USGS Washington Water Science Center
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Floodpath Project Summary
The Urban Natural Hazards Initiative, 1996-2001, brought together scientists from USGS hazards research into volcano, seismic, landslide, and hydrologic hazards, to investigate the utility of assessing hazards in a holistic manner, rather than discipline-by-discipline. The Puget Sound region was selected for the project area primarily because of the geographic intersection of these hazards in the region.
The Washington Water Science Center led the investigation into flood hazards, and after polling state and local governments, citizens, and the private sector (the insurance industry, notably), it was clear that flood hazards were poorly understood (namely, confusion with regard to what a “100-year” flood was, and whether it represented a “big” or “biggest” flood). (An analysis of the “100-year” flood from a regional perspective showed that for streams draining to Puget Sound, a “100-year” flood occurs on average every 4 ˝ years.) Additionally, forecasts that are made for a specific spot on a specific river, and referencing an often arbitrary measure of height, were not conveying much information to people that did not have firsthand knowledge of flood height/depth from experience. For example, a longtime resident may have learned the hard way that a “33 foot peak” means his access road will be flooded.
To address this, a pilot study in the Nisqually River basin was conducted that accomplished two things.
First, it developed the methodology to use existing Flood Insurance Studies to efficiently update the 100- and 500-year flow statistics used for Flood Insurance Rate Maps and the associated inundation maps. In addition, and building on this rapid map revision approach, flood inundation maps were prepared for every half-foot increment of flood depth. These maps could be used for any flood magnitude forecast by the National Weather Service’s River Forecast Center (RFC), by selecting the map that corresponded most closely to the forecast flood level. They could also be used in a “what-if?” fashion for situations where high value items could not be risked and someone may choose to select a flood map for a higher level than was forecast.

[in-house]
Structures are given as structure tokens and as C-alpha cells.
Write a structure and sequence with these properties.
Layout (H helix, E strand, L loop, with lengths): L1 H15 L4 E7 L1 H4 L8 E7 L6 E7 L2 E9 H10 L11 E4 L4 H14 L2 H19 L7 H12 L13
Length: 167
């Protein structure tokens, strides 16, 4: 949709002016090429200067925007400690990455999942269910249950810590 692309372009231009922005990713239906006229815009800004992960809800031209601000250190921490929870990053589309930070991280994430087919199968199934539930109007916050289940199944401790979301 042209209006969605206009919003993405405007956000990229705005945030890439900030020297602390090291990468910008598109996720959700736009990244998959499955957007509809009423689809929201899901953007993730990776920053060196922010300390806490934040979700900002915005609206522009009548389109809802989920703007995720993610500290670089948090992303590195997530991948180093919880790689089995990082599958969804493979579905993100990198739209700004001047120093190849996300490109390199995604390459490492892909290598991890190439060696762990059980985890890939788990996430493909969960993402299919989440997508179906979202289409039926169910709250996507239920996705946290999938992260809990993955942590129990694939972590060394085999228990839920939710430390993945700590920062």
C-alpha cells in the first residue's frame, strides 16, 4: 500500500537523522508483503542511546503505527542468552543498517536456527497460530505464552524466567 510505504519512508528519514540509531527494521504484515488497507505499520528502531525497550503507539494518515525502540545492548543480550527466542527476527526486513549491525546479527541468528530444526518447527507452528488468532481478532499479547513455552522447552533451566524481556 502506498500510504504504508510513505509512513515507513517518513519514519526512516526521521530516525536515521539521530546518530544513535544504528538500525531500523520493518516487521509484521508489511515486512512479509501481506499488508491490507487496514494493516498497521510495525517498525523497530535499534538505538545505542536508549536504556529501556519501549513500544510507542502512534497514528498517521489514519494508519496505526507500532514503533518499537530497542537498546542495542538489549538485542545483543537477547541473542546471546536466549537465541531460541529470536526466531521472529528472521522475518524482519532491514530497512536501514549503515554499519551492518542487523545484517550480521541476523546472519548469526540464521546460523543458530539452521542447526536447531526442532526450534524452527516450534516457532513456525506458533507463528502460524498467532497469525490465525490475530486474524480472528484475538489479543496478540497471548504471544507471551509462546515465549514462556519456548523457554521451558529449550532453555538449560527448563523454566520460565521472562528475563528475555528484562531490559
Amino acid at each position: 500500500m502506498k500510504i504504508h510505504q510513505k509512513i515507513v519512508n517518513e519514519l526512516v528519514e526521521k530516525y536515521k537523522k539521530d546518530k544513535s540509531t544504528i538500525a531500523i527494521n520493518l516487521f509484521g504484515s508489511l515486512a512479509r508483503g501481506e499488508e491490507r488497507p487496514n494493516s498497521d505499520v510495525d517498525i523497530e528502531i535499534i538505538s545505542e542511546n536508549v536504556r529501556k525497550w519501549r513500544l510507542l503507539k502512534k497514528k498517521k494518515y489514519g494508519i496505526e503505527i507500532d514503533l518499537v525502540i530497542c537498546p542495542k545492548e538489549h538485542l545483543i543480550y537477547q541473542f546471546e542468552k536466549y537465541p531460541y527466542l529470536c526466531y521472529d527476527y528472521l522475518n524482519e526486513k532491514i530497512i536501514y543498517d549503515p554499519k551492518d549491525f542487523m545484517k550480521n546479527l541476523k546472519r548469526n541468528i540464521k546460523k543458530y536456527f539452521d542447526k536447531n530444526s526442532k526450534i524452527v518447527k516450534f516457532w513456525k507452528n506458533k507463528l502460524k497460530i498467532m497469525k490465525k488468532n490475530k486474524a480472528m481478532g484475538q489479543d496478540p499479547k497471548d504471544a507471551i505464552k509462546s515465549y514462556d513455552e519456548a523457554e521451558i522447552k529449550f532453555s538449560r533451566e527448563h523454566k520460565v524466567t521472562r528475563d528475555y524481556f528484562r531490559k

Taking the idea of mapping a specific forecast flood one step further, Floodpath was developed to input the actual RFC flood forecast (in the form of a forecast hydrograph), into a calibrated hydrodynamic model which would in turn provide the input to mapping programs which made forecast-specific maps. Because the input includes the time aspect of a flood arriving, peaking, and receding, these maps include the time-of-arrival, the peak depth, and the time-of-crest. These maps could then be distributed on the internet. In addition to the maps, users can select any location and generate a hydrograph (a plot of depth or flow over time) for that specific site, along with the typical suite of mapping utilities such as address locating.
The USGS Washington Water Science Center is looking for additional sites and partners to expand the use and utility of Floodpath. This includes locations with high vulnerability to flooding (as an opportunity to investigate using forecast flood maps to generate potential loss forecasts), and areas where tidal influence may significantly contribute to flood hazards.
For more information, contact:
Joseph L Jones, firstname.lastname@example.org, (253) 552-1684